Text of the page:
If the manufacturer can’t supply test reports, you may need to get the product lab tested yourself to legally import and sell it in your market. Tests consist of two parts, performance and materials, to ensure the product is both fit for purpose and non toxic. Substances such as lead, in metal toys and paint, and phthalates in soft plastics and vinyl are particular targets of the US Consumer Product Safety Commission, which in 2011 introduced tougher testing requirements for products aimed at children as part of the Consumer Product Safety Improvement Act. Making sure your products are non-toxic is an obligation but also an opportunity. You can use your knowledge about the materials when marketing to parents keen to wrap their babies in organic cotton wool. buyer Jensen Wheeler Wolfe promotes her Little Yoga Mat as being “BPA, latex, PVC and lead-free,” on her website, and prominently declares they are “2011 CPSIA tested and approved”.


No matter how much assurance your supplier gives, you can never be 100% certain a product is safe. Just ask the makers of Bindeez, a craft kit awarded Australian Toy of the Year in 2007 only to be subjected to an multi-nation recall the same year. The manufacturer substituted the non-toxic plasticiser called for in the design of plastic beads with a cheaper chemical that, when swallowed, metabolised into the “date rape” drug GHB in children’s stomachs. Such “bait and switch” issues arise because most testing necessarily takes place prior to production. The only way to avoid it is to have a third party inspector test units from the actual production batch on an ongoing basis. That’s likely beyond most small buyers sourcing finished products, but is worth considering if you’re a bigger player.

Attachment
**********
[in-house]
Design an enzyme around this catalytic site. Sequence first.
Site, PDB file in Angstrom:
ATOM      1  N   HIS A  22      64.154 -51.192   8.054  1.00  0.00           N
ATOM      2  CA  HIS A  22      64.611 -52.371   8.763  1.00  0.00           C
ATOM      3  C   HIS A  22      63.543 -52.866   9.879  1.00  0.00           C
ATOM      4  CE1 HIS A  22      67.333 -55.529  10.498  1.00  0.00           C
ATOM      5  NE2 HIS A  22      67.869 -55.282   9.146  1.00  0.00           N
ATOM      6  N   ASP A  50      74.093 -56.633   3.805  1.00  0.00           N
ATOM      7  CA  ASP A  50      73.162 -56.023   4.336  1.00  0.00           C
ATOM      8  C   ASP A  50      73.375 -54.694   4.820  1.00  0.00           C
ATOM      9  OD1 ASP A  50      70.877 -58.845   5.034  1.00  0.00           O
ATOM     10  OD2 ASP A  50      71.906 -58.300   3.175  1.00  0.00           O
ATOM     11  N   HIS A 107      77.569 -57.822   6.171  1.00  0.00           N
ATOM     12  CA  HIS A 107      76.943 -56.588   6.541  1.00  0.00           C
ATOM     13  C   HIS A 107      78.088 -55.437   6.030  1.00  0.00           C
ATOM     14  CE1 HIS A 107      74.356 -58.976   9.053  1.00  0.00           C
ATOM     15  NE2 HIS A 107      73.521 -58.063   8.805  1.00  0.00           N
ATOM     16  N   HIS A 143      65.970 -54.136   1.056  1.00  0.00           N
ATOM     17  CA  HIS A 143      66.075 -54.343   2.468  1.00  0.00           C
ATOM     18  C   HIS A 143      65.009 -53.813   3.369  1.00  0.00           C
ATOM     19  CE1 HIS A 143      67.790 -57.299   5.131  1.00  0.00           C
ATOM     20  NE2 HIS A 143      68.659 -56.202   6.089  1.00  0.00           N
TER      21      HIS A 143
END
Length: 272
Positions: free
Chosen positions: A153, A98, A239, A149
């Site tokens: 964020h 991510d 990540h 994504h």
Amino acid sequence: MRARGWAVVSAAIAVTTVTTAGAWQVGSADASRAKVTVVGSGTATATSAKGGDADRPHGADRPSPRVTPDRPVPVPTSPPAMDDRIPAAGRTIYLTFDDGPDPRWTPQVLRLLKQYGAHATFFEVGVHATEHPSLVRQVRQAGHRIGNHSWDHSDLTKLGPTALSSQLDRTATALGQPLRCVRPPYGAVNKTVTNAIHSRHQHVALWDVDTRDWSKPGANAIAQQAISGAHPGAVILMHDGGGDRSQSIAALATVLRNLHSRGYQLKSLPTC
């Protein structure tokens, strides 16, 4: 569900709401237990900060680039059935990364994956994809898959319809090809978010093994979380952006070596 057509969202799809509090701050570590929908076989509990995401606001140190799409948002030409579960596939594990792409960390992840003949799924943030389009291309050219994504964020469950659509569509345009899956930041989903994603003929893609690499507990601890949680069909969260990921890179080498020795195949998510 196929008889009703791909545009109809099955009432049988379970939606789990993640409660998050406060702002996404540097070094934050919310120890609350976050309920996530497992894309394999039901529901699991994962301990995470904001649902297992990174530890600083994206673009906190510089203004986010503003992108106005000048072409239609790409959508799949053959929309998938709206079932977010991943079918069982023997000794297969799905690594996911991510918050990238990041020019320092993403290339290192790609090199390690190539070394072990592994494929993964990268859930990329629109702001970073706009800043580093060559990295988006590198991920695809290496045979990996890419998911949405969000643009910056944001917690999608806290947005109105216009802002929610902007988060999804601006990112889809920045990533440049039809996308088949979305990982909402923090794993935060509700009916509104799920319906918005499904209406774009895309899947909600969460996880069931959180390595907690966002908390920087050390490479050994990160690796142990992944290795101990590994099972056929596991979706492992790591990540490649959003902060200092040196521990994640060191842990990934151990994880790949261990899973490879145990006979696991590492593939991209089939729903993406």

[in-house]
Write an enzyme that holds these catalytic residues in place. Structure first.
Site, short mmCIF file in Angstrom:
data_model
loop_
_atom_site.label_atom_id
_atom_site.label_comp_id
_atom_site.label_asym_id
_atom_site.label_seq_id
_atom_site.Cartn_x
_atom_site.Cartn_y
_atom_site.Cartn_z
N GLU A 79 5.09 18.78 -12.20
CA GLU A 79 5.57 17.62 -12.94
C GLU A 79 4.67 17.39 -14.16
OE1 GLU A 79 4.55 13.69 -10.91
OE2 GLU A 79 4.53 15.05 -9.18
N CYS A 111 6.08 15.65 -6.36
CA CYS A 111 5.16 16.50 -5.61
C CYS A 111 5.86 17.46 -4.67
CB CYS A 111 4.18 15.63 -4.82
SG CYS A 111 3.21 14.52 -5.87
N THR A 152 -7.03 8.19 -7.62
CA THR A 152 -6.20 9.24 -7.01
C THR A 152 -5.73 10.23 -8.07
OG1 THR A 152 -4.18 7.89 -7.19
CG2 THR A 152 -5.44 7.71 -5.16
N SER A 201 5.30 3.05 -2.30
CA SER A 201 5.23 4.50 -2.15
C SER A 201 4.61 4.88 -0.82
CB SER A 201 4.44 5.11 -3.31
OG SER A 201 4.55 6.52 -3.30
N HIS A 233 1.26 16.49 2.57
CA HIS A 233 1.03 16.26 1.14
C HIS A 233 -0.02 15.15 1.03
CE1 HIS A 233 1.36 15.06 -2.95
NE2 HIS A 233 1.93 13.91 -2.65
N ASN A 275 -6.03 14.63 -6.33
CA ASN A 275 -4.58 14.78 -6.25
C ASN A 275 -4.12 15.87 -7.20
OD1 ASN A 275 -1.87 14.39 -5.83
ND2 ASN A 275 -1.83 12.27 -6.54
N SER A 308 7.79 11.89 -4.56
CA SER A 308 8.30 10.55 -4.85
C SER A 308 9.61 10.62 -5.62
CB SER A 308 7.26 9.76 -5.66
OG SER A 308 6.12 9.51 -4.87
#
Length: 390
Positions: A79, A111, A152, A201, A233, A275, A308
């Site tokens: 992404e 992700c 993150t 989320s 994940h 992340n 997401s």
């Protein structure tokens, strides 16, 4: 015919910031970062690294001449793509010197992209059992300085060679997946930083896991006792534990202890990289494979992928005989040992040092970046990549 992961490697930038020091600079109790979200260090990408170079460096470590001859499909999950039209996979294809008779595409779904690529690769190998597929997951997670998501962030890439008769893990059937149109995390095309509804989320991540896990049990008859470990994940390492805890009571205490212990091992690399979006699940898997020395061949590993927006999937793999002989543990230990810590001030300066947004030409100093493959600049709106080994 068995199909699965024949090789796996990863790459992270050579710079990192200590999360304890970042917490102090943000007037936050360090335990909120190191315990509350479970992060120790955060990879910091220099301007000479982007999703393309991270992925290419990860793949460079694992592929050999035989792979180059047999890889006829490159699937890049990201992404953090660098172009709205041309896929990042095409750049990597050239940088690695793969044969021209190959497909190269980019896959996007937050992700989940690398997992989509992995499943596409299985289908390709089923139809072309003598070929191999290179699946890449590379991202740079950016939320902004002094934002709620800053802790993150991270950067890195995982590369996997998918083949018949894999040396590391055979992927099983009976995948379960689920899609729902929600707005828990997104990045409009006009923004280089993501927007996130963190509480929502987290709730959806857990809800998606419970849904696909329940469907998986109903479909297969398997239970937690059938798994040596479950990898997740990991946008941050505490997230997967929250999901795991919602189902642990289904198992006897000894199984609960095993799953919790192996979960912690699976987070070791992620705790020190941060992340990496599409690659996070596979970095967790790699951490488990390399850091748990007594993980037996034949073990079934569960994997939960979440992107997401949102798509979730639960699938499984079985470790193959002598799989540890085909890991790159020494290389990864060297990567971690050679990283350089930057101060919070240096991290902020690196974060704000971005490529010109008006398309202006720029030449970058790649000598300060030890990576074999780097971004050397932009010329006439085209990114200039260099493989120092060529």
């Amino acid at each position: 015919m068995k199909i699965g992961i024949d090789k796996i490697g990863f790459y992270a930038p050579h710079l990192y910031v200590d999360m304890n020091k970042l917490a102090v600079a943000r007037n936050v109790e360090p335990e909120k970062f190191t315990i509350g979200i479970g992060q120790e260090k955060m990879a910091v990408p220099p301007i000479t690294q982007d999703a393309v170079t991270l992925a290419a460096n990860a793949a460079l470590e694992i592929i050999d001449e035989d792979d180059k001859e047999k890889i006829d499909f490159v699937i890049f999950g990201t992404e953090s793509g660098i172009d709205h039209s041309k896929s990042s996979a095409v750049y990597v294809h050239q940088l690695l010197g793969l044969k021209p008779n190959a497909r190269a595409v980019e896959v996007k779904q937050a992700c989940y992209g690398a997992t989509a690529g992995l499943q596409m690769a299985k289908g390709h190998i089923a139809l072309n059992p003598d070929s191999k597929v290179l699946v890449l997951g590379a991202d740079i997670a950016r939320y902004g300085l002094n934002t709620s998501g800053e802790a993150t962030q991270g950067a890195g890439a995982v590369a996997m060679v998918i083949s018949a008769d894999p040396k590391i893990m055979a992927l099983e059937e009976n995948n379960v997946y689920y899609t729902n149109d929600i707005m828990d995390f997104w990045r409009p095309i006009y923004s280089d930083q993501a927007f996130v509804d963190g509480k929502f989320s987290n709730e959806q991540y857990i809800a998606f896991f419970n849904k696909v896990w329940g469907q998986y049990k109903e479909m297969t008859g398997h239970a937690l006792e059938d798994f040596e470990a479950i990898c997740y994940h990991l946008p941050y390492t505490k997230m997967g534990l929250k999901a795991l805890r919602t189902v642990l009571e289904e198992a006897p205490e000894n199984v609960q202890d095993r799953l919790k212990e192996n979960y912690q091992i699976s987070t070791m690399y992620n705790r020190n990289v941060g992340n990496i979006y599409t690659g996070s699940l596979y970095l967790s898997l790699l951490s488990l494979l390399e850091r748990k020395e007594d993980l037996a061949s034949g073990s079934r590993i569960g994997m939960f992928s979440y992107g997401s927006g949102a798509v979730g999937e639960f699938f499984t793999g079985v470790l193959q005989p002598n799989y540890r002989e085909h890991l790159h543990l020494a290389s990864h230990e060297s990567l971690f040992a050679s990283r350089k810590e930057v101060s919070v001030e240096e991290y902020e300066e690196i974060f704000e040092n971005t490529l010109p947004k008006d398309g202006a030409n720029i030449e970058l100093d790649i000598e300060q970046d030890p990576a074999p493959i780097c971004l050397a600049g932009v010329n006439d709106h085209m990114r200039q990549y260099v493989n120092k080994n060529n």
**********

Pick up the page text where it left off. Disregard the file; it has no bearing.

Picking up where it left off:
If you’re satisfied the product you’re sourcing is up to code, make sure the product and packaging are properly labeled for your market before you place your order. If you’re selling in the EU, for example, it will need to carry the CE marking, the name and address of the person taking responsibility for the product’s safety (which could be you), and relevant warning labels—for instance if the product is unsuitable for children under 36 months. Don’t rely on your supplier: as the importer and retailer you’re responsible for getting the details right. A third party inspection company can help here, or contact your national authority for guidance. The last thing you want is your goods to be seized by customs or subjected to a recall for want of a simple warning on the box.


Having ensured the safety of your little customers, take a moment to protect your business, too. Even when a product is designed, manufactured and tested in good faith accidents can still happen—and it only takes one tragedy among a million sales to derail a successful business or even land you in court. Having a plan in place to quickly conduct a voluntarily recall could save you a lot of trouble with the authorities if something does go wrong. Product liability insurance is available to cover you against personal injury claims, and some insurers even offer financial protection in the event of a product recall. Like your mom always said: it’s better to be safe than sorry.

Business TipsCross-Border Trademanufacturing